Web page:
The Devil Queen

How my wife and I sold our souls to the Queen Anne Victorian we tried to save.

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Location: Crow Mountain, Arkansas, United States

Synopsis: This is a cautionary tale. A seriously disturbed couple find the charming, old ruin of a Queen Anne Victorian in Russellville, Arkansas, and buy it for $1.00. They tore the roof off, cut it in half, and had it moved to some land they owned sixteen miles away because they didn't know any better. Since then, they have hired and fired contractors, had all of their tools stolen, re-wired, re-plumbed, insulated, and essentially rebuilt the entire house. Their only problem is that after four years it still isn't finished. Now they are tired, broke, and wonder what in the hell it is they've done to themselves. And, it's haunted.
(Last updated on April 3, 2008)

Press: Russellville Courier Article - December 2003, HGTV website article, AP story - October 2006, and Victorian Homes Magazine - February 2008 (link coming soon).
Art: From time to time, I receive requests for my art. If you would like to look at more of my art, go to The Failed Artist. If you would like to buy my art, email me. I am more than happy to answer any questions you might have. Thanks!

Thursday, November 17, 2005

Paper, Plaster, and Wood

I have always had a fascination with plaster work. Not drywall, but true lathe and plaster, and I have no idea why. I think it's a tactile attraction. I like the feel of it, the acoustics, and look of it.

As I spend hour after hour pulling wallpaper tacks out of the Devil Queen's walls, I wonder why wood? Why wallpaper? Why not plaster? Would that be easier? I started a post several months ago trying to answer this question. I did a fair bit of research, but the truth is I still didn't know. Frustrated, I filed it away in the back of my mind and moved on to other things.

Today, it all came together. I'm always intrigued when several seemingly random threads of information weave themselves into a coherent whole. The answer to my question can be summed up in three words: convenience, economy, and availability.

Unless they have money to burn, most people build homes with what is locally available. The Queen was originally made with locally milled pine and locally manufactured clay bricks. Moreover, Van Boswell, the builder of the Queen, was a carpenter and a contractor. As a carpenter, what material do you suppose he felt most comfortable working with? I don't know about you, but I'm guessing wood.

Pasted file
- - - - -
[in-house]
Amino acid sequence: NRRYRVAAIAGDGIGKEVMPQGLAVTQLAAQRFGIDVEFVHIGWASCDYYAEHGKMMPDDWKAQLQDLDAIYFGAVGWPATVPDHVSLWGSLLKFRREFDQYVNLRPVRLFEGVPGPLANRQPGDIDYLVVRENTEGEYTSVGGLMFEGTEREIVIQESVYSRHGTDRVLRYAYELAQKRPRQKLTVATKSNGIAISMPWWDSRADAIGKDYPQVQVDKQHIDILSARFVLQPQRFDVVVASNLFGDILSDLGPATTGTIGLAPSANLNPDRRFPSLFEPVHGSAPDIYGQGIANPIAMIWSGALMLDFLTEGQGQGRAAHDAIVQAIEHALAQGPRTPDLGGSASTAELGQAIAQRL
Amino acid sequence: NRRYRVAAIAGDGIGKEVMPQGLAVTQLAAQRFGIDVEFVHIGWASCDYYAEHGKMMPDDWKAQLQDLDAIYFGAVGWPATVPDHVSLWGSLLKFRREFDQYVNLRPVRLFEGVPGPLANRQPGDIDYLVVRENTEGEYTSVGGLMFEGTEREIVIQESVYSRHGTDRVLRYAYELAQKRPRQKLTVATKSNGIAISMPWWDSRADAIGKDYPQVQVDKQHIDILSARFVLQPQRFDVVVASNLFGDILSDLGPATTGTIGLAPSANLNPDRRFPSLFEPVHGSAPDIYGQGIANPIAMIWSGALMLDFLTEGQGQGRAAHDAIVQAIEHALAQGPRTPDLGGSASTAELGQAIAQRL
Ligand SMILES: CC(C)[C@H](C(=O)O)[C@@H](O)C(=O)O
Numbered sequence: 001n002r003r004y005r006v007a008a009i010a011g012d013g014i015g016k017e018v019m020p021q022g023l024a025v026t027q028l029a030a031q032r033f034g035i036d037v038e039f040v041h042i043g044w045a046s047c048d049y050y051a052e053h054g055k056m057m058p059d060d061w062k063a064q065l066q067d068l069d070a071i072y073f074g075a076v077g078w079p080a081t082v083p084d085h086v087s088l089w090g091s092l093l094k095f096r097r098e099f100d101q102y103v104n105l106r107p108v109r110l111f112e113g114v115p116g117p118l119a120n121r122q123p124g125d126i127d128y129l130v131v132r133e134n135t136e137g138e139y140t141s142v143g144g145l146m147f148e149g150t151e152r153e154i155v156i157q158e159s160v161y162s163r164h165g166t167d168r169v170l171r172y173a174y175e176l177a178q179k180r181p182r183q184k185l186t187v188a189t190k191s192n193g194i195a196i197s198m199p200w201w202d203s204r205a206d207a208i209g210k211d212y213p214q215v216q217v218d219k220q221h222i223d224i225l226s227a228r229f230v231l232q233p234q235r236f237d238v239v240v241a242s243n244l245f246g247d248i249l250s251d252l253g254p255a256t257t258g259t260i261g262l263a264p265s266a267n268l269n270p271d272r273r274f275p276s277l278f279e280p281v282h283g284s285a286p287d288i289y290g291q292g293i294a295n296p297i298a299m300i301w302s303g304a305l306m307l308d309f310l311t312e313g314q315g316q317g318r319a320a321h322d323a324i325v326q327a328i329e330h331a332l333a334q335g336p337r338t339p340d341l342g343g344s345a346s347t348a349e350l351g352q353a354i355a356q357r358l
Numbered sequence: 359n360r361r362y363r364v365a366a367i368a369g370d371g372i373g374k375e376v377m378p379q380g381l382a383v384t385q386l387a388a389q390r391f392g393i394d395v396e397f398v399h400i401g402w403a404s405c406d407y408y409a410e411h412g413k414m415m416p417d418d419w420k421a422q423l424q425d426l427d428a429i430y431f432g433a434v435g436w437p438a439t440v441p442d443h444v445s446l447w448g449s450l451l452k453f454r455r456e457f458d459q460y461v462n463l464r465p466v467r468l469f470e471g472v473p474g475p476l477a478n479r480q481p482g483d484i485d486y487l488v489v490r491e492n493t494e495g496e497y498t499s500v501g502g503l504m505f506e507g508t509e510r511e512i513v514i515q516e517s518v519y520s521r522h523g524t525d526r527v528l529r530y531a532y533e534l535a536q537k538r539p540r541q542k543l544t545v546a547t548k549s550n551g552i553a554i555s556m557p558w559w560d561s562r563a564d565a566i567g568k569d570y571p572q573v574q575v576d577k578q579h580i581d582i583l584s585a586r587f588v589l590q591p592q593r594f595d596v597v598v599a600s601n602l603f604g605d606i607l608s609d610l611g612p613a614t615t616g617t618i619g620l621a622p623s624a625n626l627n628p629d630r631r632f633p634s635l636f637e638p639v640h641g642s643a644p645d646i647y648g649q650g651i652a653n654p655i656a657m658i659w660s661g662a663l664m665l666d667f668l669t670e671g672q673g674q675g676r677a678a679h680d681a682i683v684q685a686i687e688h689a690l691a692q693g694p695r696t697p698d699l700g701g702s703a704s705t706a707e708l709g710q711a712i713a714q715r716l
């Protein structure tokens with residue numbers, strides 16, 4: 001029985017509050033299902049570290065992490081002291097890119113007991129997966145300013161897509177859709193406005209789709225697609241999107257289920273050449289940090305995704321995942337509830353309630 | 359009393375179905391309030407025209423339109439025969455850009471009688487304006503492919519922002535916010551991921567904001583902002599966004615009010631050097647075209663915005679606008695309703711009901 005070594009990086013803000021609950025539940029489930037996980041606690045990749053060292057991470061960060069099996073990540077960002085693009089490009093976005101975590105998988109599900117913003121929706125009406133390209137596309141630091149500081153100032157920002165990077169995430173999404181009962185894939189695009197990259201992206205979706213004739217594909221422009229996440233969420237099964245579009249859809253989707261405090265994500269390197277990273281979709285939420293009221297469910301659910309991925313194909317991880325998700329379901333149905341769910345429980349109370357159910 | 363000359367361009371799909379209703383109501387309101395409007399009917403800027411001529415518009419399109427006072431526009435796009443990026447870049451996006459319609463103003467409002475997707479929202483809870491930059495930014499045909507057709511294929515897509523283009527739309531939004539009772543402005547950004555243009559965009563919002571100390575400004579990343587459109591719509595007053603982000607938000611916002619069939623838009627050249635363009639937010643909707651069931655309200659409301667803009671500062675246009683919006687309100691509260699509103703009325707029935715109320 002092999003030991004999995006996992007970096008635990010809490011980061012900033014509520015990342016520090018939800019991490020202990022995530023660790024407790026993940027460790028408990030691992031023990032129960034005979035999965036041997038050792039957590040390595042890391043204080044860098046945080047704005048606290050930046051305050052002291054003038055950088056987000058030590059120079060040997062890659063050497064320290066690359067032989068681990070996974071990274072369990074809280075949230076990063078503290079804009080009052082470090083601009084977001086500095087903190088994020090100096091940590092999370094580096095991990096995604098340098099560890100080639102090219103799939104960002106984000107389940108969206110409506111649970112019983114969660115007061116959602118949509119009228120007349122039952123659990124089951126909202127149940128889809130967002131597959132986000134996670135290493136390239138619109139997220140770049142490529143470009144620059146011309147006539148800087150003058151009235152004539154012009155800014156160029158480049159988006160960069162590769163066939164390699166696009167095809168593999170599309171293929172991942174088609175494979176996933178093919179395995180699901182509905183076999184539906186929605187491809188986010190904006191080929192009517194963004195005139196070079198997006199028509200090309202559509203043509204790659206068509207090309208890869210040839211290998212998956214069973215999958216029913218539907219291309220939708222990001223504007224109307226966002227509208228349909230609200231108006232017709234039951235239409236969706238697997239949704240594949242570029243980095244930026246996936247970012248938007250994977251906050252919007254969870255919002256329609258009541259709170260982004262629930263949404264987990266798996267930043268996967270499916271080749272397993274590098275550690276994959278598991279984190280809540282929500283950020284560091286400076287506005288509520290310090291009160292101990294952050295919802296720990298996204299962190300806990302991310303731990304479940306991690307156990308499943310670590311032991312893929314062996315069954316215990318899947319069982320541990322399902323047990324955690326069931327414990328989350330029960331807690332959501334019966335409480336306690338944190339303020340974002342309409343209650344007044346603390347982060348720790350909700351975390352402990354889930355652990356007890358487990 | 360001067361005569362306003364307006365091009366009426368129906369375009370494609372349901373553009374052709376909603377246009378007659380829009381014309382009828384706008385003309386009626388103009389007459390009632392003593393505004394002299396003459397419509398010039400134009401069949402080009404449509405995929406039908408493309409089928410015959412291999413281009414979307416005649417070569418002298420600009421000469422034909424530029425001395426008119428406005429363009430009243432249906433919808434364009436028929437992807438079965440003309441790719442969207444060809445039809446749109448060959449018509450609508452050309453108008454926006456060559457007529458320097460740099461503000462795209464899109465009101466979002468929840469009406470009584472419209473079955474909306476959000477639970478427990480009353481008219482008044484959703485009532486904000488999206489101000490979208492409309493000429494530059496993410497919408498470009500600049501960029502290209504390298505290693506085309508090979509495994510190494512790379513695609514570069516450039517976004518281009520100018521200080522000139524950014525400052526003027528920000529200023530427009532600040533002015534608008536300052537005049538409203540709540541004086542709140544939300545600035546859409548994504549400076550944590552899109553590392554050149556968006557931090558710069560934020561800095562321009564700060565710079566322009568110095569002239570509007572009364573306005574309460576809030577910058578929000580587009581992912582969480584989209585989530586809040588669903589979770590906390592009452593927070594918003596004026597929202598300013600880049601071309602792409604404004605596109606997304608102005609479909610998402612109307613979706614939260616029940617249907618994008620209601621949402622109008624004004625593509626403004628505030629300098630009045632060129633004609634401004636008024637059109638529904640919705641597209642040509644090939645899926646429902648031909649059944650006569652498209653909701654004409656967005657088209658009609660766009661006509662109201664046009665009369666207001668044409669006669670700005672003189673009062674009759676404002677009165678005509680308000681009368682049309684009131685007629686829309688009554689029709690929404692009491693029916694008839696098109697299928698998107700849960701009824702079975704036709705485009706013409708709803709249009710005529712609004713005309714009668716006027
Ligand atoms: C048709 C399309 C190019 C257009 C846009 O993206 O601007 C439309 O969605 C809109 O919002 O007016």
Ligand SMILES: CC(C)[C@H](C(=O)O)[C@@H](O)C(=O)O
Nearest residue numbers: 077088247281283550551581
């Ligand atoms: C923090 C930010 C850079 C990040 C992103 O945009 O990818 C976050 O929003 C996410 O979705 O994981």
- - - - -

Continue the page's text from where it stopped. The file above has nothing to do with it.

In local terms, the Devil Queen was a very nice, well-to-do middle class home when she was built. However, Russellville, Arkansas, was and is a provincial backwater of the greater United States. What passes as a "fortune" in Russellville isn't enough to buy a hole to shit in, in New York City.

From the homes I've seen in Savannah, Georgia, on Houseblogs, and other places, I've drawn the conclusion that only relatively wealthy people could afford plaster. It takes a highly skilled craftsman to do good plaster work. Yes, I know that it takes a lot of skill to master carpentry, plumbing, et cetera, but I still believe plaster is exceptionally difficult. According to an article in this months This Old House Magazine (December 2005, No. 94):

"Every bit of the work, from making the molds to mixing the plaster, is done entirely by hand in a process that has hardly changed since the days of the Pyramids. Mastering it requires a 6,000 hour apprenticeship - that's 20 times as long as it takes to get a commercial pilot's license."

They don’t list any prices in the article, but I bet they charge a pretty penny for their work. I would if I'd spent that long mastering my trade. No disrespect to the late Van Boswell, but I don't think he had enough money to hire a plasterer to come out to BFE to work on the Queen even if he wanted to.

Please, don’t get me wrong, I still think the Devil Queen is a magnificent house. I've never found a house quite like her anywhere else. Sure she isn't anywhere as fancy as the house below (If you want to see this baby in person, go to Savannah, Georgia), but that is fine with me.

Besides, from what I've seen, installing/repairing/disposing of plaster and lathe walls looks worse than peeling wallpaper and patching & painting drywall. Sure, pulling wallpaper tacks sucks, but it could always be worse.


Blogger derek said...

Our house had wood in one room upstairs. The plaster work is a little shoddy I think too, it's so thin in some places. I think there was a lot of dependence on people from the old country for trades like plaster, tile and concrete. I guess there weren't too many Italian or Portuguese immigrants in Arkansas.

5:02 PM  
Blogger John said...

Derek, you're correct.

Northwest Arkansas is mainly populated by folks of Scotish-Irish-Cherokee descent. There are some Germans too. The Italians didn't come until the early 20th century (mostly they stayed in the south-central part of the state though), and I've never met anyone of Portuguese descent in Arkansas.

10:05 AM  
Blogger Tony Maro said...

We built an office with the help of a plasterer last January.

Not quite the SAME mind you, because they use a blueboard backing instead of lathe and 3+ layers of plaster.

It's still a sight to see though, a craftsman doing plaster. We have a seashell shaped texture across all the walls and ceiling that is just amazing.


10:22 AM  

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